Is A Stimulus Deal Still On The Table ?
Dear Rich Lifer,
President Trump has been flip-flopping on his stance regarding continuing stimulus deal talks, sending Congress and the stock market into disarray.
This past Tuesday, Trump said he would be pausing on the stimulus talks entirely, which sent the markets diving.
Not eight hours later, he was changing his mind again, calling for piecemeal legislation to address economic hardship created by the coronavirus pandemic. (Democrats have continued to reject this type of piecemeal deal.)
Then, Wednesday night, Treasury Secretary Steven Mnuchin called Speaker Nancy Pelosi to say that Trump was, in fact, interested in negotiating a comprehensive agreement.
Trump’s latest interest in a large-scale stimulus deal has broken with the majority of Republicans.
The Effect on Stocks
This decision seems to be having a positive impact on stocks, which edged higher on Thursday, climbing to their highest levels since early September.
The S&P 500 rose 27.38 points (or 0.8%) to 3446.83.
The Dow Jones Industrial Average climbed 122.05 points (or 0.4%) to 28425.51.
And the tech-heavy Nasdaq Composite advanced 56.38 points (or 0.5%) to 11420.98
It seems that investors are cautiously optimistic that Congress will be able to reach an agreement on new stimulus measures.
Esty Dwek, head of global market strategy at Natixis Investment Managers, stated,
“It’s still all about stimulus at this point: we’re seeing markets move on optimism that some kind of package is going to get done. It’s just a question of how much the Republicans will agree to.”
Applications for jobless benefits last week remained elevated at 840,000, slightly higher than economists’ expectations for 825,000, reflecting a slow pace of recovery in the labor market.
Although talks between Republicans and Democrats have resumed, it’s still very uncertain if a new stimulus bill will be passed before the upcoming election.
Pelosi had ruled out moving forward with special support for the battered airline industry without a broader agreement.
She told reporters,
“Let’s take a serious, not a skinny, not an emaciated but a serious appropriate approach, to crushing the virus.”
Trump responded by telling Fox Business Network,
“I shut down talks two days ago because they weren’t working out. Now they‘re starting to work out … We’re talking about airlines and we’re talking about a bigger deal than airlines.”
He also mentioned $1,200 stimulus checks as well as other unspecified items.
Democrats have passed a $2.2 trillion bill, down from a $3.5 trillion bill passed in May, while Republicans have proposed a $1.6 trillion offer.
Airlines Take Center Stage
The airline industry has been one of the hardest hit due to the coronavirus. Airlines received $25 billion in aid under the Cares Act passed in March, but have still struggled to bounce back.
Passenger volume is down around 70% from a year ago, according to Transportation Security Administration data. This has resulted in the firing or furloughing of 50,000 airline workers.
These huge hits have put airlines at the center of stimulus negotiations. As we mentioned above, Pelosi has stated that aid for airlines must go hand-in-hand with a larger package.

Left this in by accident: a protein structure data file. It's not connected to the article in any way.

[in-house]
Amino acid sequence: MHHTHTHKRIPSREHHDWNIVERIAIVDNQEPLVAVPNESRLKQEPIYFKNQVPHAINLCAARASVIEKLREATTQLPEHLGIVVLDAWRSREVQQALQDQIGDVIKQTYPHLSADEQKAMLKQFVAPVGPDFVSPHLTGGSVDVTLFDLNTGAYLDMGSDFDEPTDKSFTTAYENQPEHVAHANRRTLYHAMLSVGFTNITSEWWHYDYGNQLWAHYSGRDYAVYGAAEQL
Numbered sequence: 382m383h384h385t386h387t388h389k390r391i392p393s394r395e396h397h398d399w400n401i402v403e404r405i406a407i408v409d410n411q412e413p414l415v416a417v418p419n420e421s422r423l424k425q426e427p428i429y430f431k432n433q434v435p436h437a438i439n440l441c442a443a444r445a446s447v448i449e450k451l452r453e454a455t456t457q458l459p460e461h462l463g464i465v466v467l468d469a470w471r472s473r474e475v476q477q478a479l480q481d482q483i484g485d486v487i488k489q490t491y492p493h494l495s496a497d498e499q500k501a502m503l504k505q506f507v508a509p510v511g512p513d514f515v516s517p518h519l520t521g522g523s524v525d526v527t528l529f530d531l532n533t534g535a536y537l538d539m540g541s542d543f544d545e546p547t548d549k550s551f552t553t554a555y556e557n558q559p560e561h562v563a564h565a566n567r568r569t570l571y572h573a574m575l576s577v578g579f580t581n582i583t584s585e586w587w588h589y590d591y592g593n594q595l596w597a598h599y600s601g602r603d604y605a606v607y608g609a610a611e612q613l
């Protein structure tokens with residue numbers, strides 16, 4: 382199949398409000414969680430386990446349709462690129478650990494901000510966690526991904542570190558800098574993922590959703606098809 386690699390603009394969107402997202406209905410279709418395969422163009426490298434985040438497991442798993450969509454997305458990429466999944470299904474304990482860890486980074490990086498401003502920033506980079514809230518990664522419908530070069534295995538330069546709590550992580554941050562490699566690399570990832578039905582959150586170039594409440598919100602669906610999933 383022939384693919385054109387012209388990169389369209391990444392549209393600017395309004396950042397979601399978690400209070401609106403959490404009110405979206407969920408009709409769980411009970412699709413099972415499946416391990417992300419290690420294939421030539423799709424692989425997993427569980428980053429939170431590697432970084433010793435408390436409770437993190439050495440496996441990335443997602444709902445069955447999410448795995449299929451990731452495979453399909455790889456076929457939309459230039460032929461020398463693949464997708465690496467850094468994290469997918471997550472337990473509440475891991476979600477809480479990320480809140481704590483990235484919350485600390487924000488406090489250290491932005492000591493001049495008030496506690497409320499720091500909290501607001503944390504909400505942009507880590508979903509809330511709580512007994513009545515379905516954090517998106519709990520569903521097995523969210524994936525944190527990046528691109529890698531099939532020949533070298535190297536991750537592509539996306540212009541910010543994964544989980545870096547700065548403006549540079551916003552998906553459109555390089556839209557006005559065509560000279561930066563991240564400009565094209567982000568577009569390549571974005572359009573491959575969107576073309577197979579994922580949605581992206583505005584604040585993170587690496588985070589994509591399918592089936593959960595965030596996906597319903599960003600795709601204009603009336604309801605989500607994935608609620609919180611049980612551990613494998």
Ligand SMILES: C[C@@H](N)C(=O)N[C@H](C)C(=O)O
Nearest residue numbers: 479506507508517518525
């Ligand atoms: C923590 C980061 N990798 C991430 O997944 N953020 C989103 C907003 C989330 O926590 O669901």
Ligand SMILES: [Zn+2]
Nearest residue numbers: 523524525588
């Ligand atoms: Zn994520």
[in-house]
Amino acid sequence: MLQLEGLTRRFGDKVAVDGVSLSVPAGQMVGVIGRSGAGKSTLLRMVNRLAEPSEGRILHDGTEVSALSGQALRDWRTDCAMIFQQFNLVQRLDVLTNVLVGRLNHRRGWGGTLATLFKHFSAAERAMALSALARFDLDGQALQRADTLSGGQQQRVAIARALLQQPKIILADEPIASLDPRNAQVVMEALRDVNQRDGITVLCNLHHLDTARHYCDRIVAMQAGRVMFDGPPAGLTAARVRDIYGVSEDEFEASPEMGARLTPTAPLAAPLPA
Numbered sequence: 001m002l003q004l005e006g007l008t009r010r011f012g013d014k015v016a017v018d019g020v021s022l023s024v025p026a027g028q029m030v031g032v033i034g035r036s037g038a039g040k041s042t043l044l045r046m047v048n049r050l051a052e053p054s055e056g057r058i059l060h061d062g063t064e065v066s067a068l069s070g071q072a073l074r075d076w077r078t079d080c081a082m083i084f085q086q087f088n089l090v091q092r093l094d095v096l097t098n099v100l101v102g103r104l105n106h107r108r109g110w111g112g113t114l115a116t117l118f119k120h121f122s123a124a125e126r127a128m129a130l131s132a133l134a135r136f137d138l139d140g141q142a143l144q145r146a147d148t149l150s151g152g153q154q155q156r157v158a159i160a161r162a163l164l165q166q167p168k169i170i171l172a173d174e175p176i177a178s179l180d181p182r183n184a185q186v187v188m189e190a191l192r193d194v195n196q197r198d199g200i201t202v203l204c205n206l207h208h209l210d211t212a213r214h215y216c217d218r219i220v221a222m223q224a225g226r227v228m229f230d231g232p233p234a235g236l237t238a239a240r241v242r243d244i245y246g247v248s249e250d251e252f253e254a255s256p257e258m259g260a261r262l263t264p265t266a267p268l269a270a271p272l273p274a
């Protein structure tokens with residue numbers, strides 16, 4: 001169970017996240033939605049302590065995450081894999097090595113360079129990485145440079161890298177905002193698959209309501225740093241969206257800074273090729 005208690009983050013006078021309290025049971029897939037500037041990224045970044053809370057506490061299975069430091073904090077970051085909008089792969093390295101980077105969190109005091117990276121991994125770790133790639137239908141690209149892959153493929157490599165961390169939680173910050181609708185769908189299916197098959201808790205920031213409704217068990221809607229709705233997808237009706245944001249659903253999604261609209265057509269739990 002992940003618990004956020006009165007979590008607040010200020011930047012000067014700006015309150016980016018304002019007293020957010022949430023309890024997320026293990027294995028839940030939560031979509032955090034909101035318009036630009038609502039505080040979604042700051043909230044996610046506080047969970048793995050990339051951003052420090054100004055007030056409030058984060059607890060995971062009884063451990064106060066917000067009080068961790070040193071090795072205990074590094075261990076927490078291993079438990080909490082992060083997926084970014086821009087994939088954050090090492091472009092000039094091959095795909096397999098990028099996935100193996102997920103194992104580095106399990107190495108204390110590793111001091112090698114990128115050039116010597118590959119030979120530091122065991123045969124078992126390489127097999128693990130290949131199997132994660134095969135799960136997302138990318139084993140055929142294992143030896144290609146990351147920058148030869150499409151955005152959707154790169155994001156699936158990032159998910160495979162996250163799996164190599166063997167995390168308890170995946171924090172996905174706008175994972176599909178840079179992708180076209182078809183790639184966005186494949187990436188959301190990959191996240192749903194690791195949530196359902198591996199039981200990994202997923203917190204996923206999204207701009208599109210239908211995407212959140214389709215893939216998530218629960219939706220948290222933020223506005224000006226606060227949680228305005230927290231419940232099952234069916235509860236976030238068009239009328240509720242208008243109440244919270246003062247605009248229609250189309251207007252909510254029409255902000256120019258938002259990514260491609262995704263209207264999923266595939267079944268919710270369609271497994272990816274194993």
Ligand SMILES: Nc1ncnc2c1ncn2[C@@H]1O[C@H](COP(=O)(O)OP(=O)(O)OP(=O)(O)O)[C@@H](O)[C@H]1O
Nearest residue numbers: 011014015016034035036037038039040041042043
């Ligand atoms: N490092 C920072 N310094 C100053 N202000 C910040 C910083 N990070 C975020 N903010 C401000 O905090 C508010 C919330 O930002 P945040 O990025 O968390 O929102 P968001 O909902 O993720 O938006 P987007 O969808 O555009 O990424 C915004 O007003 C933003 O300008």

“There is not going to be any stand-alone bill unless there is a bigger bill and it can be part of that, or it could be in addition to these negotiations.”
The airline industry also shines a light on the continued inability of Republicans and Democrats to compromise.
Last week, House Democrats attempted to pass separate legislation to prevent tens of thousands of layoffs in the struggling industry, but it was blocked by Republicans, who said they hadn’t had a chance to vet it.
Republican Senator Shelley Moore Capito said that the Senate should focus on a package like the one it voted on last month rather than legislation targeted at certain types of businesses.
However, the “skinny” bill was blocked by Democrats in the Senate.
While it seems like both sides of the aisle continue to flip-flop over a stimulus bill, millions in hard-hit industries continue to suffer.
How Investors Are Responding
The market’s continual rise has made some investors nervous that speculative buying has pushed stocks to expensive levels, putting them at risk for a reversal even if the economy continues to improve.
The rise seen Thursday was led by energy companies.
The S&P 500 energy sector gained 3.8%.
Oil prices climbed on the prospect of a boost to U.S. growth, with the U.S. crude benchmark adding 3.1% to $41.19 a barrel.
Pharmaceuticals also soared. Regeneron Pharmaceuticals (REGN) shares rose $8.19, or 1.4%, to $599.88, after Trump said an experimental coronavirus treatment made by the company was key to his recovery.
Regeneron has apparently applied to the Food and Drug Administration for emergency use authorization for its experimental treatment.
Eli Lilly (TWTR), another drugmaker mentioned by the president in a Wednesday evening video posted on Twitter, climbed $4.54, or 3%, to $153.50
The Wall Street Journal reported Friday that The White House is preparing a $1.8 trillion coronavirus relief offer, its largest proposal to date continuing negotiations with congressional Democrats.
White House adviser Larry Kudlow said Friday that President Trump had approved moving ahead with a revised stimulus offer that would include aid for small businesses and airlines, as well as checks for households.
This $1.8 trillion is still not hitting the Democrats proposed $2.2 trillion bill, so we will have to wait to see how they will respond to this new price tag.
To a richer life,
The Rich Life Roadmap Team